Where is the dirtiest place in the kitchen, where are the most germs?

To estimate the area with the most germs in the kitchen, the first thing that comes to mind is the handle of the refrigerator, the cutting board or the inside of the sink.

But a new study has shown that bacteria are more likely to be lurking in an unexpected spot. The answer is the spice drawer…

In a new study commissioned by the U.S. Department of Agriculture’s Food Safety and Inspection Service, researchers examined how people preparing turkey burgers contaminate or contaminate different surfaces in the kitchen.


According to the news in The Washington Post, researchers found that cross-contamination of spice jars used in cooking was by far the highest point.

Cross-contamination occurs when bacteria and viruses are transferred from one contaminated surface to another uncontaminated surface.

The study, recently published in the Journal of Food Protection, states that although people have heard of the importance of cleaning cutting boards, they may not have thought about spice jars.

“Consumers may not consider cleaning spice containers after cooking because jars are not considered to be a high risk for cross-contamination,” the study says.


In the study, the researchers had 371 people prepare seasoned turkey burgers and salads infused with harmless bacteria in different styles of cuisine.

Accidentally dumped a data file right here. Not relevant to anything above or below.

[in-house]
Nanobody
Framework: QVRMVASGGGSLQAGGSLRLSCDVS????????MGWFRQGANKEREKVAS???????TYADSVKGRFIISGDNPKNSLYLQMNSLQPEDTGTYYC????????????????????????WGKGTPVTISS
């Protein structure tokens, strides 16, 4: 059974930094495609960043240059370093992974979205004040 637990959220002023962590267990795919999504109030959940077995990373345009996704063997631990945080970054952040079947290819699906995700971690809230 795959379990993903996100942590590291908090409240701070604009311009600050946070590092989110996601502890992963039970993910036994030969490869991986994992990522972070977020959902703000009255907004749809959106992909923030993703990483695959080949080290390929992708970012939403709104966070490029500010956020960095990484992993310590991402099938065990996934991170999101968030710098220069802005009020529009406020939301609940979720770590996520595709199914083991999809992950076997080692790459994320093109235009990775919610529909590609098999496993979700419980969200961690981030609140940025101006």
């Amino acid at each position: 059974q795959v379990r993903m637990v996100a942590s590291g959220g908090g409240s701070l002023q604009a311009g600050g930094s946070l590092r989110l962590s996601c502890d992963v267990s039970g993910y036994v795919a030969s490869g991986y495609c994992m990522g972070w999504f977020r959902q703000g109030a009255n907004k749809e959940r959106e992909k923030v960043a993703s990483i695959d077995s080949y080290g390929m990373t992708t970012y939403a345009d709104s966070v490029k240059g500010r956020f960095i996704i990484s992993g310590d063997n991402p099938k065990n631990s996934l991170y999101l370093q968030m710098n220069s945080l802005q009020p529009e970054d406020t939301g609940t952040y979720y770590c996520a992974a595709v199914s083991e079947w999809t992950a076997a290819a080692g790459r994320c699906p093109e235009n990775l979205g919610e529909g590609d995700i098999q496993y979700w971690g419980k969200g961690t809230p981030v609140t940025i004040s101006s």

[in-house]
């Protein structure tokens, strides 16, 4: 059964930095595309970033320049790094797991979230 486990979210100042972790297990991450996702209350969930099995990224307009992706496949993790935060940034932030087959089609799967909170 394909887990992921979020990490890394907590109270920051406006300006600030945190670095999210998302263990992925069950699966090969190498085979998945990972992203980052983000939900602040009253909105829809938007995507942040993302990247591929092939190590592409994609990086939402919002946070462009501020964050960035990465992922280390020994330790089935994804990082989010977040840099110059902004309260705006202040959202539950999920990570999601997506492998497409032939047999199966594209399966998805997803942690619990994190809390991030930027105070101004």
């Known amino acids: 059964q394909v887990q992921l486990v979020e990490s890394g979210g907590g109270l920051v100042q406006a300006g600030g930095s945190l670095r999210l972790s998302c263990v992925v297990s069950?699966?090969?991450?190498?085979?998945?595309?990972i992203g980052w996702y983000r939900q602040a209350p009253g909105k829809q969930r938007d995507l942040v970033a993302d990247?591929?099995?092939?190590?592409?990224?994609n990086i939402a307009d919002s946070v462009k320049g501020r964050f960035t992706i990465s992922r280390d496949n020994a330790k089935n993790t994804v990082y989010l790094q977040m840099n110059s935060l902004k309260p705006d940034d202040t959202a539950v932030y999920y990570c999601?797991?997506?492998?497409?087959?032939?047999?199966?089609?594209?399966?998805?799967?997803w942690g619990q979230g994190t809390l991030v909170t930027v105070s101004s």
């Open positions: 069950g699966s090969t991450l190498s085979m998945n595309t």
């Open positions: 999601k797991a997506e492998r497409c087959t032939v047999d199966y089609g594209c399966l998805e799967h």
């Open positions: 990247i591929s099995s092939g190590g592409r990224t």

After the dishes were prepared, the scientists collected swab samples from 12 surfaces, including utensils and countertops.

Spice jars outperformed other surfaces by 48 percent. Cutting boards were the second most contaminated object, followed by bin lids. Tap handles were the least contaminated objects, according to the study.

Regarding the result, it was said, “It may be due to the fact that the spices are close to the area where the turkey meatballs are made, the hands are not washed during the seasoning of the meatballs, and the spice containers are not cleaned after use.”

Donald Schaffner, a professor in the Department of Food Science at the Rutgers School of Environmental and Biological Sciences, who led the study, said the results surprised even the food safety experts who conducted the study.

“We’ve never seen evidence of contamination of spice containers before,” Schaffner told Food Safety News.


So, what should home cooks make out of this study? Benjamin Chapman, chair of the Department of Agriculture and Human Sciences at North Carolina State University and a senior author of the study, said he didn’t think people should immediately flood spice racks with bleach.

However, he stated that more hands should be washed not only before and after, but also during the food preparation process and gave the following message:

“For example, when you’re done with turkey meatballs, you need to wash your hands before picking up the spice jar.”

Chapman stated that spices are a hidden potential microbe magnet.